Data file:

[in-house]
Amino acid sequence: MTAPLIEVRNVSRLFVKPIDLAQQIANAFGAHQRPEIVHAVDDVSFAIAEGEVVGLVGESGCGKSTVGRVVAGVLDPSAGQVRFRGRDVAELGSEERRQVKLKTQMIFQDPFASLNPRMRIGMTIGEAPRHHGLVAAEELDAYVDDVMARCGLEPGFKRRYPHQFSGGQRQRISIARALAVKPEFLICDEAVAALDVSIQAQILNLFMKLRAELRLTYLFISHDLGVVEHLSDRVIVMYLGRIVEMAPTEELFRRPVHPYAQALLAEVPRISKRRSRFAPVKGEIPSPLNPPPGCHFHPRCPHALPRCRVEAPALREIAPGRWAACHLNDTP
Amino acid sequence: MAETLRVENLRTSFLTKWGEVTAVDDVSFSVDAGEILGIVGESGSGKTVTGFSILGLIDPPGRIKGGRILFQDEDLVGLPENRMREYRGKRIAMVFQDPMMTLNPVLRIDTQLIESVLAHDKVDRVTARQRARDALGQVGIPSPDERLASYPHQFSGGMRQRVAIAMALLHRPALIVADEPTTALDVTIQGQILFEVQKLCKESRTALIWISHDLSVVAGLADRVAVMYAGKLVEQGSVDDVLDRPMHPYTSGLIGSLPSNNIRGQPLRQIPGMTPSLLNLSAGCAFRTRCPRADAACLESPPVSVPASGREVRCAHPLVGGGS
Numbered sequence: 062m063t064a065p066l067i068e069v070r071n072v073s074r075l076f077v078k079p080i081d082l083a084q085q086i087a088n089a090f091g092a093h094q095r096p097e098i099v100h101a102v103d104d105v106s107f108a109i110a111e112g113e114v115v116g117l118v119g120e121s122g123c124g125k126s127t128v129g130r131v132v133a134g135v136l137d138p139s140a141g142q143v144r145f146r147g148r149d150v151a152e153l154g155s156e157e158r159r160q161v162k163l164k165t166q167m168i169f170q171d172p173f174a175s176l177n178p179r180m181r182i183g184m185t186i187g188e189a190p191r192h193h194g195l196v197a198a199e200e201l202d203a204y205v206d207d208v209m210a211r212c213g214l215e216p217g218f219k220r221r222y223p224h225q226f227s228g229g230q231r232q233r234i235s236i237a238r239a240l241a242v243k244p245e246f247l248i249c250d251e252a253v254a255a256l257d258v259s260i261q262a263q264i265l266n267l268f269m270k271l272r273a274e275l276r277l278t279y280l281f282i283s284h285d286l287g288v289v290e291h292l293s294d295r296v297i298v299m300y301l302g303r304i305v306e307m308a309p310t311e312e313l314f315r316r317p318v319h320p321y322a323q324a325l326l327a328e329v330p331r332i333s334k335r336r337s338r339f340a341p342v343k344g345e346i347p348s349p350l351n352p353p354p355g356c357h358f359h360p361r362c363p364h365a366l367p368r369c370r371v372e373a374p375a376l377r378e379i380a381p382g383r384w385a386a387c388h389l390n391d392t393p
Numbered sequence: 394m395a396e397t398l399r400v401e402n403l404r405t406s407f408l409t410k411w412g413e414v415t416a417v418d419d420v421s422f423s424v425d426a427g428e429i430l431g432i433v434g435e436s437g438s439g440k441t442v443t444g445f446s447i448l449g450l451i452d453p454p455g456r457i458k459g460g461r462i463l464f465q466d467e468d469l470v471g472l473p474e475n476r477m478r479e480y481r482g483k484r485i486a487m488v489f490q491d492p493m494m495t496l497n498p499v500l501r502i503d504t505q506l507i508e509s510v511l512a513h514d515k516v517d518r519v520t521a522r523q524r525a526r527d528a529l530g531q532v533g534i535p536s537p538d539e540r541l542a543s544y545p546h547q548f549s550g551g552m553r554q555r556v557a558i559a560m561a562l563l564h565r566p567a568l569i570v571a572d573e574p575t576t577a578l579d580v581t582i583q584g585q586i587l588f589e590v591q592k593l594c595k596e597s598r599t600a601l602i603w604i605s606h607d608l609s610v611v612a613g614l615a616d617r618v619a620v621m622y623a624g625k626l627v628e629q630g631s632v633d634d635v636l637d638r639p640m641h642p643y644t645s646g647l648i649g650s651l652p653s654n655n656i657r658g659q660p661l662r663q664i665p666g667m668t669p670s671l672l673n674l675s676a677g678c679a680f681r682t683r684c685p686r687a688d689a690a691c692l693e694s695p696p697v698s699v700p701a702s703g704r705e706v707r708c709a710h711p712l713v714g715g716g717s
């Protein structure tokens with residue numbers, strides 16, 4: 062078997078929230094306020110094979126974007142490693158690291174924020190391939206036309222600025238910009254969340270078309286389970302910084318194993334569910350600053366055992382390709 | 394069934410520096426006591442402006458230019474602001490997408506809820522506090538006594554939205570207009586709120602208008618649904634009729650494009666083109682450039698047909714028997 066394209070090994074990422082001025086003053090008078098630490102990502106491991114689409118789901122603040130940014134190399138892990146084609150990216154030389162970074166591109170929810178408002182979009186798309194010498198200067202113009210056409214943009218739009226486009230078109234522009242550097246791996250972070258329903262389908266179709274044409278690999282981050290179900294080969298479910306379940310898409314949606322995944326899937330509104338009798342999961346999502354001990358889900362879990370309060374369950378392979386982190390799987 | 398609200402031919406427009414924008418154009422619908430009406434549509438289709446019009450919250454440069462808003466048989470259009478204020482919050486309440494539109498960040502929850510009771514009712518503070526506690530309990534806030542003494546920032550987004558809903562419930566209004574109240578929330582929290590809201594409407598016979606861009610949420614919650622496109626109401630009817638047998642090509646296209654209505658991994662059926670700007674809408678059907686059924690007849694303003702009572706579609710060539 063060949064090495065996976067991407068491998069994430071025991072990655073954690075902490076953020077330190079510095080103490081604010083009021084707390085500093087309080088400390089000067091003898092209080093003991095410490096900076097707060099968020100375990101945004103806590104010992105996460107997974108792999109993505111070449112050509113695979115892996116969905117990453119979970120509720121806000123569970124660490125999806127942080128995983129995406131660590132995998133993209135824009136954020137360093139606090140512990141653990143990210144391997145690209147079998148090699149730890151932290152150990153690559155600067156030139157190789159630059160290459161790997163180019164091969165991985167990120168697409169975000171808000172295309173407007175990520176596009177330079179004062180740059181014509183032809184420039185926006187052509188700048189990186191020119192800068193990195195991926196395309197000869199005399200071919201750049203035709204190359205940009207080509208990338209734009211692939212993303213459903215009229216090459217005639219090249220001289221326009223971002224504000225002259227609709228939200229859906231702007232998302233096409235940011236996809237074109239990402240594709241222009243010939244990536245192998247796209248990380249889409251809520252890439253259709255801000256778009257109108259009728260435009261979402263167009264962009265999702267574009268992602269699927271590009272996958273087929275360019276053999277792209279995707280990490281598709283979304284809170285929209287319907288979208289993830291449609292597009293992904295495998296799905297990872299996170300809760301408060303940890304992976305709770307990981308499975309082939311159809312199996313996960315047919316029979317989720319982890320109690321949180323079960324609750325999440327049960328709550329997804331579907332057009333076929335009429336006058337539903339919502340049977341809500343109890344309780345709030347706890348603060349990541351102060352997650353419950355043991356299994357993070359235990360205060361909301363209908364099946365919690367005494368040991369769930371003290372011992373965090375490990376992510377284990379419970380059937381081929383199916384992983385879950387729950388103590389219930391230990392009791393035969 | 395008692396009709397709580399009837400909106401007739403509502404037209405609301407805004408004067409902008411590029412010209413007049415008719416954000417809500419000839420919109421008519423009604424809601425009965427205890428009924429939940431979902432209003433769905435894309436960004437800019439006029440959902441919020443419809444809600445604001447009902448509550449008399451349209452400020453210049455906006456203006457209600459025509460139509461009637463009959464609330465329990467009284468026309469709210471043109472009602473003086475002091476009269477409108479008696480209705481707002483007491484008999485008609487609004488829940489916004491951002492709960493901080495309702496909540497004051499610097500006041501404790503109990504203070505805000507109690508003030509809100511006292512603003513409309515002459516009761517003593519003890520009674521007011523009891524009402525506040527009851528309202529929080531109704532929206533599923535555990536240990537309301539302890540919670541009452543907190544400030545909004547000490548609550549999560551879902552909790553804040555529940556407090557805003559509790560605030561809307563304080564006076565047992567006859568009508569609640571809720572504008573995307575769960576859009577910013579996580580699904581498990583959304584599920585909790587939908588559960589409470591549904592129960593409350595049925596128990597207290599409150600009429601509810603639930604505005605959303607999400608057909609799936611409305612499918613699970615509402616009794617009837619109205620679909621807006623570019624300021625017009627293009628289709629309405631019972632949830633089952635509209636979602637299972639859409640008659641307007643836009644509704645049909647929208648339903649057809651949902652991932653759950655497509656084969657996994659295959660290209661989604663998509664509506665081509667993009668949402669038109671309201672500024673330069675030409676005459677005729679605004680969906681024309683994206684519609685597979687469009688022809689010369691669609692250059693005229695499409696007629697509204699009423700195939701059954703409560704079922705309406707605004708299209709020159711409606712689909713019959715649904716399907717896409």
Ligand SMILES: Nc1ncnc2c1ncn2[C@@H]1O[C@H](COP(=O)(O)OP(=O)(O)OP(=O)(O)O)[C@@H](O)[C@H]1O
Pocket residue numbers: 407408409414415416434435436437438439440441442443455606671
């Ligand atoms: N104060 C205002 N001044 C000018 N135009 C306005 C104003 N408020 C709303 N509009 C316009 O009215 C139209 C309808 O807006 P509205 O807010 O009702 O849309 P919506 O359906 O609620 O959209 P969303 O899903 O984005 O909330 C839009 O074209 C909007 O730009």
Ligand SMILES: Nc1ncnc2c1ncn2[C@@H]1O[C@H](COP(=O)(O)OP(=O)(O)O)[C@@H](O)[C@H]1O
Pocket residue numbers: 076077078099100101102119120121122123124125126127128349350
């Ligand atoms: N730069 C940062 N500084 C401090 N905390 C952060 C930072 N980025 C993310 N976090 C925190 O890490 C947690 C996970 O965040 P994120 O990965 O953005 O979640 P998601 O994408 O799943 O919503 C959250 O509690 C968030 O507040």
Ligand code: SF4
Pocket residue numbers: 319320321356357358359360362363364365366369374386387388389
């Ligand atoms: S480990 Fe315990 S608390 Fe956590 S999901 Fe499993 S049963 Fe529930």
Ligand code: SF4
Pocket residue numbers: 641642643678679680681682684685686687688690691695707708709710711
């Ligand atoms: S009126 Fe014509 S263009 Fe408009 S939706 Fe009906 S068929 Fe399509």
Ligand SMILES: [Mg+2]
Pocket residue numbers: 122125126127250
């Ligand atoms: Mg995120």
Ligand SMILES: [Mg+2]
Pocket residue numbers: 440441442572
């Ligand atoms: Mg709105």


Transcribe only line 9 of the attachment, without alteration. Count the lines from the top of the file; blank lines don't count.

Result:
């Ligand atoms: N104060 C205002 N001044 C000018 N135009 C306005 C104003 N408020 C709303 N509009 C316009 O009215 C139209 C309808 O807006 P509205 O807010 O009702 O849309 P919506 O359906 O609620 O959209 P969303 O899903 O984005 O909330 C839009 O074209 C909007 O730009």